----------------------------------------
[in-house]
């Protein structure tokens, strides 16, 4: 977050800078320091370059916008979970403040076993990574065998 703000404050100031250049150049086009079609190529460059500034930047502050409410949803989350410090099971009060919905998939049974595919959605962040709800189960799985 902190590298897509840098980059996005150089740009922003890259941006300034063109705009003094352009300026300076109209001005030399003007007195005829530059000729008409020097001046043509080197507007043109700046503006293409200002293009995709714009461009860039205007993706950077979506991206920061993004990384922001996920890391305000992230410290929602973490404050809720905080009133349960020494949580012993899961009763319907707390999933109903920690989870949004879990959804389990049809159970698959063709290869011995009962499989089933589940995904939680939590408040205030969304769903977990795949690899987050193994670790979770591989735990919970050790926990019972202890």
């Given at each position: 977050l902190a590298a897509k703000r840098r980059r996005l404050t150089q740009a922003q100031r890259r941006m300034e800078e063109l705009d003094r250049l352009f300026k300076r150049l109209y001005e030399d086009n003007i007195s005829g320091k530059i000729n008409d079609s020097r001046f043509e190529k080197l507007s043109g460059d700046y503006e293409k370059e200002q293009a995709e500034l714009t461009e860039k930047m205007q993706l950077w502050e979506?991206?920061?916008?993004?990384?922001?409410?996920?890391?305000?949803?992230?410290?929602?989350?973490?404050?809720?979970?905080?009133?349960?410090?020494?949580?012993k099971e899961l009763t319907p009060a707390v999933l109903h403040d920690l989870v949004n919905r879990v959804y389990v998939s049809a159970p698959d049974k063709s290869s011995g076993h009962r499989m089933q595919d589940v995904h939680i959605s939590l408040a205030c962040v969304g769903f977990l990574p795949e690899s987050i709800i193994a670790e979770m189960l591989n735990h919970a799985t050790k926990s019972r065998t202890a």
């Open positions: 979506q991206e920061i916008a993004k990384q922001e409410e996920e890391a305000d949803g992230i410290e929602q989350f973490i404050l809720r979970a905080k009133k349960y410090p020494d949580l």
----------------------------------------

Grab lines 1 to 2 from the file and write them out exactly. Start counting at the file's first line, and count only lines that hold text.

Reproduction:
[in-house]
């Protein structure tokens, strides 16, 4: 977050800078320091370059916008979970403040076993990574065998 703000404050100031250049150049086009079609190529460059500034930047502050409410949803989350410090099971009060919905998939049974595919959605962040709800189960799985 902190590298897509840098980059996005150089740009922003890259941006300034063109705009003094352009300026300076109209001005030399003007007195005829530059000729008409020097001046043509080197507007043109700046503006293409200002293009995709714009461009860039205007993706950077979506991206920061993004990384922001996920890391305000992230410290929602973490404050809720905080009133349960020494949580012993899961009763319907707390999933109903920690989870949004879990959804389990049809159970698959063709290869011995009962499989089933589940995904939680939590408040205030969304769903977990795949690899987050193994670790979770591989735990919970050790926990019972202890």